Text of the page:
What Reality TV Teaches Us About Work Ethic

Written by Brandy Thomson

CBS’ new reality competition show “The Job” is catching criticism for exploiting the issues of recession and unemployment in the U.S. The show features contestants who compete for mid-level jobs with high-profile employers like Live Nation, Epic Records and Cosmopolitan magazine, according to AOL Jobs.

An article in the New York Post blasted the program, calling it “offensive” because the contestants were being taken advantage of for average, middle-class jobs, and turns the “massive human toll into a spectacle.”

Producer Mark Burnett defended the show, saying it portrays a “kinder approach on television” and does nothing to embarrass contestants like “American Idol” and other high-profile competition shows.

Whether you agree with Burnett or the views from the Post, reality shows that feature career-driven competition are on the rise and can actually be a valuable resource for entrepreneurs. Entertainment blogs like the one on www.cable.tv devote themselves to covering them, and despite the fact that these shows are entertainment, they do offer some insight on the inner-workings of successful CEOs such as Mark Cuban who give many of these contestants a wake-up call during competition.

You’re Always On Stage

Think about your small talk with co-workers. Is it work related? If so, is it positive or are you venting about your job? There’s no harm in blowing off steam, but thoughts that are poisonous can often turn to negative motivation and action.

A Boston Market employee on “Undercover Boss” learned this lesson the hard way when he opened his mouth to (he didn’t know at the time) his CEO. According to The Blaze, the employee who assumed his boss was just another co-worker told him that he “hated customers more than anything in the entire world.” He was fired immediately.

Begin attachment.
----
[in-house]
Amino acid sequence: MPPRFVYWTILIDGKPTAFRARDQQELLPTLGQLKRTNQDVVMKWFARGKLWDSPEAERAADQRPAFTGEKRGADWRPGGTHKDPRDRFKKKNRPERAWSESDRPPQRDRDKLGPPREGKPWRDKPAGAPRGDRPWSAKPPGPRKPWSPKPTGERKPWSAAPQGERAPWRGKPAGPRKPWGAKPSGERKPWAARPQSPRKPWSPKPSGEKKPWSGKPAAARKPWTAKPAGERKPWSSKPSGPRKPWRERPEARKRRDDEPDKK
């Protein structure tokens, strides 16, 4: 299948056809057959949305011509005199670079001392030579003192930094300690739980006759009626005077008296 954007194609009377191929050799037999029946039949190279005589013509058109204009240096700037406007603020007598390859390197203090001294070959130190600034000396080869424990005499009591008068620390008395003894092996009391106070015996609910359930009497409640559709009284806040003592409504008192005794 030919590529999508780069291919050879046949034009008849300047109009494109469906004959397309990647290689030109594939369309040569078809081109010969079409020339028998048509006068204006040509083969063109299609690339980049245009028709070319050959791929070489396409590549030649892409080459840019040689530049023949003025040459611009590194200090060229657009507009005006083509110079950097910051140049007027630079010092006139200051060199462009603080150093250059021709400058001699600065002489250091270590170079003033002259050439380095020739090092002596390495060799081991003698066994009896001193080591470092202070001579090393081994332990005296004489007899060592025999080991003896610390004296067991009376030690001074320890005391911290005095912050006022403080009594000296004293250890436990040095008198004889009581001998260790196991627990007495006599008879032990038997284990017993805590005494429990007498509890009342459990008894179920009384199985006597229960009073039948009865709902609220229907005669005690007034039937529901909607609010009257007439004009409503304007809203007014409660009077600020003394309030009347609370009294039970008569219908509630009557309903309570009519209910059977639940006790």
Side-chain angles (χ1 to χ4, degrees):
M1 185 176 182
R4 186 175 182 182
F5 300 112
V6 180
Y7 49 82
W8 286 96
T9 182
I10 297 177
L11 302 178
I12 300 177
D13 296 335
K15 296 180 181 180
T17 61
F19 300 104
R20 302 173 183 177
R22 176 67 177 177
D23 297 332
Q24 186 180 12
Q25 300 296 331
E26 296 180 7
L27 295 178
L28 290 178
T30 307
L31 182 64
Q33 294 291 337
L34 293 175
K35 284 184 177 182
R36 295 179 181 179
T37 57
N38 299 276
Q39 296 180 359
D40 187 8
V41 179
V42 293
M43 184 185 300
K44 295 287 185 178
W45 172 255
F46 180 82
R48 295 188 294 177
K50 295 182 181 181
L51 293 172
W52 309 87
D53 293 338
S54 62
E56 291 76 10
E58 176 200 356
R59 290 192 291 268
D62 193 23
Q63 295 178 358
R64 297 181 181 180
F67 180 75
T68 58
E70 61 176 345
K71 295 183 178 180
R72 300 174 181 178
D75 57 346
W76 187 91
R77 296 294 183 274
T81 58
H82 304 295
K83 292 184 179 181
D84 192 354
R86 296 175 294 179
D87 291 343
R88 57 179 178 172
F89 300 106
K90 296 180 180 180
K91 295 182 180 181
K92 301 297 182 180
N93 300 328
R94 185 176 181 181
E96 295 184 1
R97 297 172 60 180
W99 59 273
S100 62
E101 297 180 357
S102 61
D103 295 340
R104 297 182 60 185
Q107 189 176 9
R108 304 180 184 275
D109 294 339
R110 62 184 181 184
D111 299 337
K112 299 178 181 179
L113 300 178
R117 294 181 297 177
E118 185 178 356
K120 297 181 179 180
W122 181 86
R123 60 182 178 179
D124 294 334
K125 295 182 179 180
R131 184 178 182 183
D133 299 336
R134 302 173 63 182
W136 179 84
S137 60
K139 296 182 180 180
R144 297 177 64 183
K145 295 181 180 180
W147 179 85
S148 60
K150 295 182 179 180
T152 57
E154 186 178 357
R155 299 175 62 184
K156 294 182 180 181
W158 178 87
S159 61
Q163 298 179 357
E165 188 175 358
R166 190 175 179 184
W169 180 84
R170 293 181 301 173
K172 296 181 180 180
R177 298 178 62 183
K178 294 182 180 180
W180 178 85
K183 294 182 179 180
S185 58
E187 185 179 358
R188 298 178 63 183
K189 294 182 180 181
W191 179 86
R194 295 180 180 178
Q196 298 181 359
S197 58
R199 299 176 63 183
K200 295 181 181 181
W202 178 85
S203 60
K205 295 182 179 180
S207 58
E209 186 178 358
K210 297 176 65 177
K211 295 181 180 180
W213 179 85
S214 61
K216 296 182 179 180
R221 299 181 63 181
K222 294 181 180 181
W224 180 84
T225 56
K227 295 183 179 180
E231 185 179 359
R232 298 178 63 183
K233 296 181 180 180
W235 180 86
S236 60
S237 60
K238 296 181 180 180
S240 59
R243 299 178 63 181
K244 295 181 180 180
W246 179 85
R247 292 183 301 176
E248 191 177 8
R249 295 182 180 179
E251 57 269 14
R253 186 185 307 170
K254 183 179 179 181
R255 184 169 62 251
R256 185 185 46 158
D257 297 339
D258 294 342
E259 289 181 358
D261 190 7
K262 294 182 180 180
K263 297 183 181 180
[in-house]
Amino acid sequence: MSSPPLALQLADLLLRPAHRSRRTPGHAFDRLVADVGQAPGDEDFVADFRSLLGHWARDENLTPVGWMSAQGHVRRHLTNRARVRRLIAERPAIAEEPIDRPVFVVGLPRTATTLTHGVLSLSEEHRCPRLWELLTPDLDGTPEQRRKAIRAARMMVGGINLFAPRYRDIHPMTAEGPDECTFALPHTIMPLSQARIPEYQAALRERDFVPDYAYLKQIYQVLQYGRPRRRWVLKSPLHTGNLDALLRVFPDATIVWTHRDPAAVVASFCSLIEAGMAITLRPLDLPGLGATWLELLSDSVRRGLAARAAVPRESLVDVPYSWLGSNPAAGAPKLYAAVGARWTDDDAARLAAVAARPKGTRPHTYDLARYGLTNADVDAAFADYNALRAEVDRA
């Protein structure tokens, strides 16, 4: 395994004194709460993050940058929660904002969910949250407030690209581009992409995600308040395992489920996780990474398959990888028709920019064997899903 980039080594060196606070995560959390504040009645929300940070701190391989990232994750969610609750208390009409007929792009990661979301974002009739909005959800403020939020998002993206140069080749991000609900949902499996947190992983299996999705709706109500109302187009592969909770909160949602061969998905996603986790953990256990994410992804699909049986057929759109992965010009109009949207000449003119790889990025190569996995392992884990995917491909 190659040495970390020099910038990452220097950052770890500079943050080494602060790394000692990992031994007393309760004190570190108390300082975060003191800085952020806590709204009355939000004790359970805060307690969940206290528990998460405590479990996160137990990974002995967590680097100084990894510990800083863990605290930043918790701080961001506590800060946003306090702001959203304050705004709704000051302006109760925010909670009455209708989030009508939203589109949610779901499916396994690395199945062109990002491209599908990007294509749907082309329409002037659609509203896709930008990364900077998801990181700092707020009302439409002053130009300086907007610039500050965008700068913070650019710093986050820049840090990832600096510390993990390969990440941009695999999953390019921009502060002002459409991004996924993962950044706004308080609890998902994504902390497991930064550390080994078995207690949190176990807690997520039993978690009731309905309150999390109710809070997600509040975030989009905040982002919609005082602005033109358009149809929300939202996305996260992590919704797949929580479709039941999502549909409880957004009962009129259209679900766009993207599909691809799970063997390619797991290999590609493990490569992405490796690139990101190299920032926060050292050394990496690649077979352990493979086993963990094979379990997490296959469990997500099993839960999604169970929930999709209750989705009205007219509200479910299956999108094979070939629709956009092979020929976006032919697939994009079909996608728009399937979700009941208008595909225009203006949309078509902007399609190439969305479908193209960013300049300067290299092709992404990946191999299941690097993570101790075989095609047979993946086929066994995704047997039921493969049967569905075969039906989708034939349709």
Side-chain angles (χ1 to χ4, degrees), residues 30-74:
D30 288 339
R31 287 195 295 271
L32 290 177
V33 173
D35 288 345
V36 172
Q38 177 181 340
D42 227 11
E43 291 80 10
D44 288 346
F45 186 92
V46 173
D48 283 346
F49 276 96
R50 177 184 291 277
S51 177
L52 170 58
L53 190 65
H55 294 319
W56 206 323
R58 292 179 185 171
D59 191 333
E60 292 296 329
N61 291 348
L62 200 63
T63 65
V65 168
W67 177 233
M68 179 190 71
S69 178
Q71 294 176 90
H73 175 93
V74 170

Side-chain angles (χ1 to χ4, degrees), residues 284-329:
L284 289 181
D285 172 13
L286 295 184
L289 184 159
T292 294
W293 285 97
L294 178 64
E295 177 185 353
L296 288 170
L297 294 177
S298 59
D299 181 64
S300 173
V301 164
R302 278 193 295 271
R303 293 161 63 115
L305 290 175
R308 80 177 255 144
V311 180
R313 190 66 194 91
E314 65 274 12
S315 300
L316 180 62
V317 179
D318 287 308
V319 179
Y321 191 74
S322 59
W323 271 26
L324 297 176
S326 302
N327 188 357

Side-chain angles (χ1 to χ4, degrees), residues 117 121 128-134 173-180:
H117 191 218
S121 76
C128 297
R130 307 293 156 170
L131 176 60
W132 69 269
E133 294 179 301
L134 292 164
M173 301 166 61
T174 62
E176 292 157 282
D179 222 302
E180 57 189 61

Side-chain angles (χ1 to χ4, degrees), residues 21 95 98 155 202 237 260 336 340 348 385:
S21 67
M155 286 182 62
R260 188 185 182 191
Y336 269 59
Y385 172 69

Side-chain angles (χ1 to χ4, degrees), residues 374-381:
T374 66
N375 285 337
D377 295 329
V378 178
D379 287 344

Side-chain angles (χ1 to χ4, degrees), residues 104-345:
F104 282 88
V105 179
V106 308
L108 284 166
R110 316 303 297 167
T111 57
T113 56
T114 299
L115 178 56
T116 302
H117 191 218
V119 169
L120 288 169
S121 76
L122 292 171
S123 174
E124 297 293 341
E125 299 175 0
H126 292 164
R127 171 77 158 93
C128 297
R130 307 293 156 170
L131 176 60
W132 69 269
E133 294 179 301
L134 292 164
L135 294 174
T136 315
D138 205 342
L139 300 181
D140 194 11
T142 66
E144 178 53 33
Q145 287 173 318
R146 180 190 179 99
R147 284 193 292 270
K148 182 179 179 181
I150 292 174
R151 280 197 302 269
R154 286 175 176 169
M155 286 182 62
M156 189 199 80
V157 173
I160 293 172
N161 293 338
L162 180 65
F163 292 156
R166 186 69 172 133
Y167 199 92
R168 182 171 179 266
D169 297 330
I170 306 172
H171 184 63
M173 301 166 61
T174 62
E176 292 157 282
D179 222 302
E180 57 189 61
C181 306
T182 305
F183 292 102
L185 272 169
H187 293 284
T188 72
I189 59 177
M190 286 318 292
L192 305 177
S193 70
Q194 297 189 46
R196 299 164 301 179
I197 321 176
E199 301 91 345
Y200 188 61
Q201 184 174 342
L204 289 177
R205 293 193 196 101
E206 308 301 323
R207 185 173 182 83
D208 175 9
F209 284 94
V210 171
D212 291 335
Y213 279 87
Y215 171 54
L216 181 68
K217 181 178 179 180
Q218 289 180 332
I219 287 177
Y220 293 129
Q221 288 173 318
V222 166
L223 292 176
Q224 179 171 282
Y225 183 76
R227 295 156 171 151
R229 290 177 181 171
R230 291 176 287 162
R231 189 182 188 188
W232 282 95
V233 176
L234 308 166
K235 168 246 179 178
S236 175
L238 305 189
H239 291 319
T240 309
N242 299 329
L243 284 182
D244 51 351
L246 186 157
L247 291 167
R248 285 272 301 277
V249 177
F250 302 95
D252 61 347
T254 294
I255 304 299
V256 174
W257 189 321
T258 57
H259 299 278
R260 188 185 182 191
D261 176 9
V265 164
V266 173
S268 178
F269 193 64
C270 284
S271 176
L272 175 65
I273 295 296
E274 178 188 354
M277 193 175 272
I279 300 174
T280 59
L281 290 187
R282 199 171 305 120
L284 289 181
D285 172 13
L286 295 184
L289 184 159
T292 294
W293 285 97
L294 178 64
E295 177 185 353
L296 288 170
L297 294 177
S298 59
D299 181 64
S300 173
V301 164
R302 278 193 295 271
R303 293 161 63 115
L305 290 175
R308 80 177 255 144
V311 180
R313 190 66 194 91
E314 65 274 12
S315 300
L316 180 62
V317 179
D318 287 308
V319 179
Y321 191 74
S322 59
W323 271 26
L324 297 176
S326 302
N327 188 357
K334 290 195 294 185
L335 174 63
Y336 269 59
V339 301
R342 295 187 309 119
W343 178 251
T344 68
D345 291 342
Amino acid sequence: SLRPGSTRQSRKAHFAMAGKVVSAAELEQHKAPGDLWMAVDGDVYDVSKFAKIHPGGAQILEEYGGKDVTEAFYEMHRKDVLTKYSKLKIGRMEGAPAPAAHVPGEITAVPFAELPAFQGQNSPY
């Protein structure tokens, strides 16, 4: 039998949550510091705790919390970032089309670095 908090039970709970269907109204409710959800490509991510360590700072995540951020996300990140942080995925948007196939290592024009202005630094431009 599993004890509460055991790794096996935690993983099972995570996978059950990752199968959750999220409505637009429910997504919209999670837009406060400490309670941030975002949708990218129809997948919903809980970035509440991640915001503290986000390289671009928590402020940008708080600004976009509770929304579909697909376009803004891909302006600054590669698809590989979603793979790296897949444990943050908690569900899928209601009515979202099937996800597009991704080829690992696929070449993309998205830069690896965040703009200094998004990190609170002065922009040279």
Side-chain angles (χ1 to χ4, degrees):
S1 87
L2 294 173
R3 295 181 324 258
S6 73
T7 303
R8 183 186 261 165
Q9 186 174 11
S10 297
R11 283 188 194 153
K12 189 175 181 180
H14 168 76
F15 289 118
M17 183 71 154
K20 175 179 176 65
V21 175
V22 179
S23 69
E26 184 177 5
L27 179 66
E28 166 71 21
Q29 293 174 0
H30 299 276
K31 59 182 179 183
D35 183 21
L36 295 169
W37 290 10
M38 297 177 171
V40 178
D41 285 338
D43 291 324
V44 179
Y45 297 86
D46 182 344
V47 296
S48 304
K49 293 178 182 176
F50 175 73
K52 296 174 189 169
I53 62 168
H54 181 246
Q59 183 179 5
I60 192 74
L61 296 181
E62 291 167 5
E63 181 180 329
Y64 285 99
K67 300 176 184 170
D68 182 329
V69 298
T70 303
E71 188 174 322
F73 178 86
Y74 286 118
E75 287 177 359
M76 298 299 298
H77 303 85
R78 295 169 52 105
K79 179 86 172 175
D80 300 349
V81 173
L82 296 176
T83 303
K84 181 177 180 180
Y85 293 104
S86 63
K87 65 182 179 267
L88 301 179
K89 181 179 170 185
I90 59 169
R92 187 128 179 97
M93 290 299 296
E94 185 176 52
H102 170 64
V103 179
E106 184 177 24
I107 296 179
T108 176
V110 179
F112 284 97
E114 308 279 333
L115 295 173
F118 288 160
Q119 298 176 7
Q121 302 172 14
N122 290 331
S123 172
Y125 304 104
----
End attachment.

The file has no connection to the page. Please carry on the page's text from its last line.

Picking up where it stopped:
Now, this guy was on stage, as he had cameras in his face recording every word he was saying. So, you have more common sense than to make such a monumental career-killer, but the show underlines a much bigger issue that a lot of us can fall victim to— action reflects attitude.

Check Your Ego at the Door

The New York Post article that criticizes the concept behind “The Job” says the show dangles “the prospect of an unspecified mid-level position in front of desperate contestants, who degrade themselves by telling their most pathetic personal histories in the paradoxical quest to regain some dignity.”

Harsh words, and probably completely unfair. The first episode debuts Feb. 8, but we hardly see the opportunity to start a career a way of exploitation. As said before, these shows are here for ratings and entertainment, but that doesn’t mean they’re void of merit. The problem with issues like the Post is that they assume there is dignity in turning down a chance to move up. Do you think our grandfathers would have turned down a job in their era? Even if you’re on display for the whole nation to see, and maybe laugh at, the recession doesn’t leave us with as much opportunity as we’d like.

About Brandy Thomson
Brandy has been a consultant for moguls and a few celebrities. Now that she’s running her own talent agency, she loves spreading her wisdom online.

What Reality TV Teaches Us About Work Ethic

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